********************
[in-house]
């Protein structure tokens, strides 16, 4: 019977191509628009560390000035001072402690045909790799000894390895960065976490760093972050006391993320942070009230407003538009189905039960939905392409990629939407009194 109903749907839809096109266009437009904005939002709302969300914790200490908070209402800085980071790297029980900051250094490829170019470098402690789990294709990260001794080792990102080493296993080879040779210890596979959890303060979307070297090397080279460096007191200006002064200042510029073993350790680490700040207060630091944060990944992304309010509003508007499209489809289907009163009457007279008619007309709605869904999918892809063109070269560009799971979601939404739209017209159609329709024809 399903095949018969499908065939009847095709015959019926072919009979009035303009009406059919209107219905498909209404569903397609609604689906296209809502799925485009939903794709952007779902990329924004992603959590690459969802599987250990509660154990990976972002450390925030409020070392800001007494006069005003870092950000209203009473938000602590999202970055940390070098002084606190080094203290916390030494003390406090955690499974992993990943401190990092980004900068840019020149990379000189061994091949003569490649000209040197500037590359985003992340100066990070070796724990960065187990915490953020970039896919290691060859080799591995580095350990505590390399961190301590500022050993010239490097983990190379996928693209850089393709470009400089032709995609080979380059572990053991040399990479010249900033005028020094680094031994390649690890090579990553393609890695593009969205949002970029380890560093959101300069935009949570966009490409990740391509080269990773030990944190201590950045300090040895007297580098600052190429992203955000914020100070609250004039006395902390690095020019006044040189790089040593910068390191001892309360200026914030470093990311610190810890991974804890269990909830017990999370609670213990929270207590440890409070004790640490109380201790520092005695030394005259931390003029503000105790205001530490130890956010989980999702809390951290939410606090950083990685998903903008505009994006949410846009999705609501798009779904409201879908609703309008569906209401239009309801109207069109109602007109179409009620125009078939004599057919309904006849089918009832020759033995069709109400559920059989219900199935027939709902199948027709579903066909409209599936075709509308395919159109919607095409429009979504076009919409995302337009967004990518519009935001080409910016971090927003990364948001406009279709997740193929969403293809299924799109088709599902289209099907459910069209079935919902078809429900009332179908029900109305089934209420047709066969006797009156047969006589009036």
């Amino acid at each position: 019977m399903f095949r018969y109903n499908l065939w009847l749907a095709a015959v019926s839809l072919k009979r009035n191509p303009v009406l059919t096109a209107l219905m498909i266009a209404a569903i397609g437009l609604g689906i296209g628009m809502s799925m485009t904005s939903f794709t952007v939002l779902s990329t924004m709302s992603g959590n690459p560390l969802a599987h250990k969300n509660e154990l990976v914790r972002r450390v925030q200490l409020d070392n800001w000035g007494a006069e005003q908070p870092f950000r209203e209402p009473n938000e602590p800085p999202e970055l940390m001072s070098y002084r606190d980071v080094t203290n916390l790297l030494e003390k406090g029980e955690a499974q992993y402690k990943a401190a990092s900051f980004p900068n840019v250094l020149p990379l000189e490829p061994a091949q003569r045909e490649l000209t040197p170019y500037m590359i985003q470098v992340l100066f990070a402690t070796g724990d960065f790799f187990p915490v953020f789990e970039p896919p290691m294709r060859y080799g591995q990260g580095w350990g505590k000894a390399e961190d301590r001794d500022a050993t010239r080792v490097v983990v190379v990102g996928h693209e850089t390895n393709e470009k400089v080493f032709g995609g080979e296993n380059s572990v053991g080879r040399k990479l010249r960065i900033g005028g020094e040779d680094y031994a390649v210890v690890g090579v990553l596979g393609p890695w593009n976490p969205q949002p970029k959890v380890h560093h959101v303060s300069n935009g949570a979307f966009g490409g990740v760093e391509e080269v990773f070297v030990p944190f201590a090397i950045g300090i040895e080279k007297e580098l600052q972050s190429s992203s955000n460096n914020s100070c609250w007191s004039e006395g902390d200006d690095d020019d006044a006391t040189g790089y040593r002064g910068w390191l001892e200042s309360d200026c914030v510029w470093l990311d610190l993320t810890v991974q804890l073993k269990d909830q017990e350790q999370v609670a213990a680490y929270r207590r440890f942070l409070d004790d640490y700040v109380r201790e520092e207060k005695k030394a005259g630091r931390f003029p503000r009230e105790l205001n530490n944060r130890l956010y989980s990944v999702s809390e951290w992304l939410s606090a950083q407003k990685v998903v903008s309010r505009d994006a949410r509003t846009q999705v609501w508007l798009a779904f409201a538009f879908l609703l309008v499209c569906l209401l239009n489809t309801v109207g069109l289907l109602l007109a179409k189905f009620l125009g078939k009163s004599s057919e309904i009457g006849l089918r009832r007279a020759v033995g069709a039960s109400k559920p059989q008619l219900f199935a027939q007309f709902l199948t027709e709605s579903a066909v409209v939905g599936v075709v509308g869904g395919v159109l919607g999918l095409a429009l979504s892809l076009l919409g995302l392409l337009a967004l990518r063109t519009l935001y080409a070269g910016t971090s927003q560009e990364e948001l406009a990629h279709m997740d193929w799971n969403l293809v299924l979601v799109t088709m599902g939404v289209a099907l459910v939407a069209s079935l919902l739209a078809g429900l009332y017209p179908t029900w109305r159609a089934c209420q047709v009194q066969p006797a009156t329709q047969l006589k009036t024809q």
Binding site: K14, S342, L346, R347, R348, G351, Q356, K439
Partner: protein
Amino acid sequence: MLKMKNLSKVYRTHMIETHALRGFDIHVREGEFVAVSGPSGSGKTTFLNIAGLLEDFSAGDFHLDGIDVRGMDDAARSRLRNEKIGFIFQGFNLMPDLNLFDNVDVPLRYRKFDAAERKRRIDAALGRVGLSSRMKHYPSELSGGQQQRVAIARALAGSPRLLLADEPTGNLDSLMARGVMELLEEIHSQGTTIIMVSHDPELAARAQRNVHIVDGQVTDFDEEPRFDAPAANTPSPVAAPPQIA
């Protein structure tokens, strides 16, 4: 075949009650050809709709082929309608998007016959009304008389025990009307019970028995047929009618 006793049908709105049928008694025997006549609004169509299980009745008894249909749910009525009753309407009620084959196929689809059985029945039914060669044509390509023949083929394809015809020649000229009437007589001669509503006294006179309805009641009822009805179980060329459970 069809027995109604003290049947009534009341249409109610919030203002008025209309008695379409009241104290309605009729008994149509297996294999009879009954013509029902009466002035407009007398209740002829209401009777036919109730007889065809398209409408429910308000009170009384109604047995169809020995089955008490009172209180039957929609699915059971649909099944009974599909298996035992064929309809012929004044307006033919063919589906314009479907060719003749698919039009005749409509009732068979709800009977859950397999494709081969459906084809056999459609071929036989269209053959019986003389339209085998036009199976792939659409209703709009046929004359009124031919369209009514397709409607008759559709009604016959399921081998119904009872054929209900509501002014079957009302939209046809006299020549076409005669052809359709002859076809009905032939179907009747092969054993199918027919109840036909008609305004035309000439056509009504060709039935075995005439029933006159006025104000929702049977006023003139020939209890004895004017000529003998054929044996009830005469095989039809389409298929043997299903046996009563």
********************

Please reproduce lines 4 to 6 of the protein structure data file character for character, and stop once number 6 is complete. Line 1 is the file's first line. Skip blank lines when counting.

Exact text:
Binding site: K14, S342, L346, R347, R348, G351, Q356, K439
Partner: protein
Amino acid sequence: MLKMKNLSKVYRTHMIETHALRGFDIHVREGEFVAVSGPSGSGKTTFLNIAGLLEDFSAGDFHLDGIDVRGMDDAARSRLRNEKIGFIFQGFNLMPDLNLFDNVDVPLRYRKFDAAERKRRIDAALGRVGLSSRMKHYPSELSGGQQQRVAIARALAGSPRLLLADEPTGNLDSLMARGVMELLEEIHSQGTTIIMVSHDPELAARAQRNVHIVDGQVTDFDEEPRFDAPAANTPSPVAAPPQIA